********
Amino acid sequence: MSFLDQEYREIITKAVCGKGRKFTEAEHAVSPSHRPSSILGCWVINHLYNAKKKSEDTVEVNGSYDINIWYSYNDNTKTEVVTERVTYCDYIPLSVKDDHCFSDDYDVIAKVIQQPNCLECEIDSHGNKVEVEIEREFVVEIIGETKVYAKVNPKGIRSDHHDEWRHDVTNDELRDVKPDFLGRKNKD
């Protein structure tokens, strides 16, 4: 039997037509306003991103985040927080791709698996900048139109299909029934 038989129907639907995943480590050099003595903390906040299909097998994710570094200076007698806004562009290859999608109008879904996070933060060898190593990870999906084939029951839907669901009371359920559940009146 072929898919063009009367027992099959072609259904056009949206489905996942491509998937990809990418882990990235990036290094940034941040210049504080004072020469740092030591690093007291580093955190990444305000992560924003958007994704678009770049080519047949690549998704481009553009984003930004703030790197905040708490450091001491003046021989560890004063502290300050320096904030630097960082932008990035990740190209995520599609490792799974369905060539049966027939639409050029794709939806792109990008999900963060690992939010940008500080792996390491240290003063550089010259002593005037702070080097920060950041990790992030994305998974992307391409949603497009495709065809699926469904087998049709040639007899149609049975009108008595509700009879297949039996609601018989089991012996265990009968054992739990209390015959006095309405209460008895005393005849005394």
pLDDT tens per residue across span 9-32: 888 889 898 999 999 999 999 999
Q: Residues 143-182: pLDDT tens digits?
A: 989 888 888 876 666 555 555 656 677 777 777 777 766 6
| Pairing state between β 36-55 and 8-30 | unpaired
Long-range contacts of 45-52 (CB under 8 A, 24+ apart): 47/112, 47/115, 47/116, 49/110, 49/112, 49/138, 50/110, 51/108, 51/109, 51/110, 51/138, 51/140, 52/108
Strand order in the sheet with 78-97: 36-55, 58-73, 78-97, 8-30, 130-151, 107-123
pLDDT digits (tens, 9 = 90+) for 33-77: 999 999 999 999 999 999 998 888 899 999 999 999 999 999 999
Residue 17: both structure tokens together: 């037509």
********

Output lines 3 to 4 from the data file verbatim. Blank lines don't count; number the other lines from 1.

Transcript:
pLDDT tens per residue across span 9-32: 888 889 898 999 999 999 999 999
Q: Residues 143-182: pLDDT tens digits?